Note that the behavior of this version of the model isn't absolutely identical to the behavior of the original model. In this version, note that all the turtles begin white, then all turn red, then all turn back to white, and so forth. Gradually the turtles drift out of synch with each other until the coordinated flashing no longer happens. The main model exhibits the same effect, but in the main model, the turtles get out of synch with each other somewhat faster. That's because the way time passes in the two models is a little different. In this version, a turtle's "turn" consists of moving a step or changing tasks. In the original version, a turtle's "turn" is smaller, and consists only of executing a single NetLogo command.


Try devising your own pileness measures, or alternative functions to measure the self-organisation of the system.


Note the use of the RUN command to make each termite run a different procedure, depending on what task that termites is in the middle of. Since NetLogo 4.0, the RUN command is fast when you use it over and over again on the same strings.


See the Termites model in the Models Library.


This model was modified by William John Teahan.

To refer to this model in publications, please use:

State Machine Example 2 NetLogo model.
Teahan, W. J. (2010). Artificial Intelligence. Ventus Publishing Aps.


turtles-own [
  task       ;; procedure name (a string) the turtle will run during this tick
  steps      ;; ...unless this number is greater than zero, in which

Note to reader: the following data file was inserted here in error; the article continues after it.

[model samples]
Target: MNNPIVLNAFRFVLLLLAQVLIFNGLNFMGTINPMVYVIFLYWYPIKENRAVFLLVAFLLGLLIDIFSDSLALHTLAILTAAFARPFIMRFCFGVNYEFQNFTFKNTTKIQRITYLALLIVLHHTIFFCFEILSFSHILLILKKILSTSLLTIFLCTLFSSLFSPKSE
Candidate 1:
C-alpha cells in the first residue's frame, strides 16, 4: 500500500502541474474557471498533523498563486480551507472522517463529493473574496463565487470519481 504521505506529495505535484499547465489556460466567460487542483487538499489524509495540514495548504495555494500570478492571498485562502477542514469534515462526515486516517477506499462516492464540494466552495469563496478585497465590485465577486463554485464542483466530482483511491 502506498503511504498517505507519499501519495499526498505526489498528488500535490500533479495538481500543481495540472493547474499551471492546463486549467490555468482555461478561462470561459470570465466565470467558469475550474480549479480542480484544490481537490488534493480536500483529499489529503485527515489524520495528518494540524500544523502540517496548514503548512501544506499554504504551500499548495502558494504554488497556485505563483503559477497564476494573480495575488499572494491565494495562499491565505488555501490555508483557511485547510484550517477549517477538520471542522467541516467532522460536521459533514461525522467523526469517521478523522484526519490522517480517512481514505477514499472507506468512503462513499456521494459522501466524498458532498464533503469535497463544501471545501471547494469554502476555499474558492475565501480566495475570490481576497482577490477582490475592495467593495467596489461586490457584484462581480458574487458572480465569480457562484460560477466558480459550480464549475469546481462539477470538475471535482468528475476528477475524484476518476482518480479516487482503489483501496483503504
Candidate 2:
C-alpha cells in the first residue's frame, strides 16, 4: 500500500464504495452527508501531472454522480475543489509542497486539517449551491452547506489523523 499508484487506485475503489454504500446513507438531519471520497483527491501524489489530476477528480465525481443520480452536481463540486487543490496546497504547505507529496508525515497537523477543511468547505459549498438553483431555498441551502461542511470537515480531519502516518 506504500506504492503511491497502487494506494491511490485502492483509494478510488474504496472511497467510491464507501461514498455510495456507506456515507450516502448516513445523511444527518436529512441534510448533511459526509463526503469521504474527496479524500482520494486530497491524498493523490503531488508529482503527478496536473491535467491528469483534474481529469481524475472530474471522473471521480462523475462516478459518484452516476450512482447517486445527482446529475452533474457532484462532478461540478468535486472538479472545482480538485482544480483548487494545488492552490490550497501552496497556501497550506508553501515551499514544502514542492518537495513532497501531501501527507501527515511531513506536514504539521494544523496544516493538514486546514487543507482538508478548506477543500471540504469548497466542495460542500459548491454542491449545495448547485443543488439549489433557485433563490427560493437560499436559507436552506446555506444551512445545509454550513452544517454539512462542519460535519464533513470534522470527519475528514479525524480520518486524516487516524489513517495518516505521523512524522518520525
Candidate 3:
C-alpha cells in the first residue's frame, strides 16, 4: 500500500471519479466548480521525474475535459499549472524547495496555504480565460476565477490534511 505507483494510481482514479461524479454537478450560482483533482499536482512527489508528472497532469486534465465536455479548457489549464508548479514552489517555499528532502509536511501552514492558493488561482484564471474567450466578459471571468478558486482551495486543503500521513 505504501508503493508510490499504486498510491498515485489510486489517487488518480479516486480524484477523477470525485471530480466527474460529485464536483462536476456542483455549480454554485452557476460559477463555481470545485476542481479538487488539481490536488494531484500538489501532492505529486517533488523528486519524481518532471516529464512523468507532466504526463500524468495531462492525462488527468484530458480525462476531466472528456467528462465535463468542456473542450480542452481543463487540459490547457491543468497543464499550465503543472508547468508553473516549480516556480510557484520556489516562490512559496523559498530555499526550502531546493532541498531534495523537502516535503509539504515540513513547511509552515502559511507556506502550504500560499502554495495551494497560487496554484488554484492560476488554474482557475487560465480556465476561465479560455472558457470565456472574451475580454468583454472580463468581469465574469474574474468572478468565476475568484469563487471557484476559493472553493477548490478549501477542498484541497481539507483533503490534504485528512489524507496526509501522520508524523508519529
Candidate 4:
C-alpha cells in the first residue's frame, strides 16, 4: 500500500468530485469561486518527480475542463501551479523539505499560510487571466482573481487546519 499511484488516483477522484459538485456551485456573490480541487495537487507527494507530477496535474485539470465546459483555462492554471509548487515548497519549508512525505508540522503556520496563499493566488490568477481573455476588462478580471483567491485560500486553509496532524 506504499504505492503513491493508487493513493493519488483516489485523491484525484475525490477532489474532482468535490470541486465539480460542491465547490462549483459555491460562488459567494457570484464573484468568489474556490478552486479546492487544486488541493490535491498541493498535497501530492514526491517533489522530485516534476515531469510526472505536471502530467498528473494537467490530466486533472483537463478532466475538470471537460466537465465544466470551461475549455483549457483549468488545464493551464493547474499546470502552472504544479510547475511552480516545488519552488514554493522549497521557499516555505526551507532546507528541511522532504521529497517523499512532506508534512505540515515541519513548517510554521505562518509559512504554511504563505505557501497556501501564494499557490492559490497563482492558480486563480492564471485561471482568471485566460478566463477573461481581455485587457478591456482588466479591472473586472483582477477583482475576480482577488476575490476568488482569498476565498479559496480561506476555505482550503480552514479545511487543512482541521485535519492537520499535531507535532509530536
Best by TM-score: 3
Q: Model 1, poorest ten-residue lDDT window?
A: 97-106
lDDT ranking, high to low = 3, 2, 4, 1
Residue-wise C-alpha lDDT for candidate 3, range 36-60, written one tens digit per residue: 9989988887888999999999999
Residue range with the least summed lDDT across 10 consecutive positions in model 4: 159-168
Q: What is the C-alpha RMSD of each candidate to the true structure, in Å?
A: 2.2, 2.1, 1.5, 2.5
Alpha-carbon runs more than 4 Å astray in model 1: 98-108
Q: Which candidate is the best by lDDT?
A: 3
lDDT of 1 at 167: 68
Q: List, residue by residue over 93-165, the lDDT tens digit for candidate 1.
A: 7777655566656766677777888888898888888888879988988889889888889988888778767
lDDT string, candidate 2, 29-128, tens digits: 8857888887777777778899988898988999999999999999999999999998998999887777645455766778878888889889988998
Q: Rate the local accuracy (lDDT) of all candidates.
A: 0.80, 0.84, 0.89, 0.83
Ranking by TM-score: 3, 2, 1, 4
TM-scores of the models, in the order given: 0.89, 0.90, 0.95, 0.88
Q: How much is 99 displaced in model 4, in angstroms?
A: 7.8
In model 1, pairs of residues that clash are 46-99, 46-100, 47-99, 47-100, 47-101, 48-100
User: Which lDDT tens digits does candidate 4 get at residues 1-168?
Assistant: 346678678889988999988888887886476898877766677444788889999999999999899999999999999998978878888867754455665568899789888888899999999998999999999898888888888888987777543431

;; case this tick, the turtle just moves forward 1

to setup
  set-default-shape turtles "bug"
  ;; randomly distribute wood chips
  ask patches [
    if random-float 100 < density
      [ set pcolor yellow ]
  ;; randomly distribute termites
  crt number [
    set color white
    setxy random-xcor random-ycor
    set task "search-for-chip"
    set size 5  ;; easier to see

to go
  ask turtles
    [ ifelse steps > 0
        [ set steps steps - 1 ]
        [ run task
          wiggle ]
      fd 1 ]


to do-plot
  plot pileness

to wiggle  ;; turtle procedure
  rt random 50
  lt random 50

to search-for-chip   ;; turtle procedure -- "picks up chip" by turning orange
  if pcolor = yellow
    [ set pcolor black
      set color orange
      set steps 20
      set task "find-new-pile" ]

to find-new-pile  ;; turtle procedure -- look for yellow patches
  if pcolor = yellow
    [ set task "put-down-chip" ]

to put-down-chip  ;; turtle procedure -- finds empty spot & drops chip
  if pcolor = black
   [ set pcolor yellow
     set color white
     set steps 20
     set task "get-away" ]

to get-away  ;; turtle procedure -- get out of yellow pile
  if pcolor = black
    [ set task "search-for-chip" ]

to-report pileness
  if (pileness-measure = "Number of crowded spaces")
    [ report count patches with [count neighbors with [pcolor = yellow] > 7] ]

  if (pileness-measure = "Number of empty spaces")
    [ report count patches with [count neighbors with [pcolor = black] > 7] ]
  report 0   

; Copyright 2007 Uri Wilensky. This code may be freely copied, distributed,
; altered, or otherwise used by anyone for any legal purpose.